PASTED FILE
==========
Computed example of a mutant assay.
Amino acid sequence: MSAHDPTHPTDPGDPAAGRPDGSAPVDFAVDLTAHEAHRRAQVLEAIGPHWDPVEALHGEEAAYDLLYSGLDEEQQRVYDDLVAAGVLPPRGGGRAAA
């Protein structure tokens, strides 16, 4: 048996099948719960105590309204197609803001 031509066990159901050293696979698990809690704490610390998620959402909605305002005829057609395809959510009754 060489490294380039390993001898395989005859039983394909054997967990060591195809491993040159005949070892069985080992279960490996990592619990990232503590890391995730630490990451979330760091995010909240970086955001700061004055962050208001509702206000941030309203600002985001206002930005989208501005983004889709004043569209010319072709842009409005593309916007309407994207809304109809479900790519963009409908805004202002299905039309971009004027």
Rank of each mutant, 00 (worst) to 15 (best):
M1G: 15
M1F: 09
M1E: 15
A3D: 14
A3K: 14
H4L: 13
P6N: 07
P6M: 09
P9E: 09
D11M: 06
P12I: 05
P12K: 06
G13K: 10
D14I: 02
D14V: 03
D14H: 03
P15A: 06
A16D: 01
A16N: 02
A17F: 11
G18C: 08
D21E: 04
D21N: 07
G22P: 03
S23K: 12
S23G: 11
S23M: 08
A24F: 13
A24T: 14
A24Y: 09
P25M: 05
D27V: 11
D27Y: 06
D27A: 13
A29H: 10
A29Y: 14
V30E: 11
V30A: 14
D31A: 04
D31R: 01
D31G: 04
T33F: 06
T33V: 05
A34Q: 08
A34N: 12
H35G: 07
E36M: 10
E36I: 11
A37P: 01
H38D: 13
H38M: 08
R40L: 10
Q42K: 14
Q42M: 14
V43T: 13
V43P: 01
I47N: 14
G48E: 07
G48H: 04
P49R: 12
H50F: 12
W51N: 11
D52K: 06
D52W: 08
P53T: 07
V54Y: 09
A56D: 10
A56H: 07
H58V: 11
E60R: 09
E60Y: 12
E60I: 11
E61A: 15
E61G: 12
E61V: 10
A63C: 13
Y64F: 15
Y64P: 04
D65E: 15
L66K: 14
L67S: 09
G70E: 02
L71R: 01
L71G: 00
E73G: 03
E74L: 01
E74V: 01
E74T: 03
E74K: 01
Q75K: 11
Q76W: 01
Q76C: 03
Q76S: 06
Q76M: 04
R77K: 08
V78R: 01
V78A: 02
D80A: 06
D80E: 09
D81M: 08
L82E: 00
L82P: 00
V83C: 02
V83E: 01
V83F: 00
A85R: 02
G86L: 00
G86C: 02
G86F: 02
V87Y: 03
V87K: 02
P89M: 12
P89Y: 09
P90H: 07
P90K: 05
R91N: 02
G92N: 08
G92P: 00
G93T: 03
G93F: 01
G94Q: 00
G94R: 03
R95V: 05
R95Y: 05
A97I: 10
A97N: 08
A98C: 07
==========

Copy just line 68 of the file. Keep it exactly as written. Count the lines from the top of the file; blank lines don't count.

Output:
D52W: 08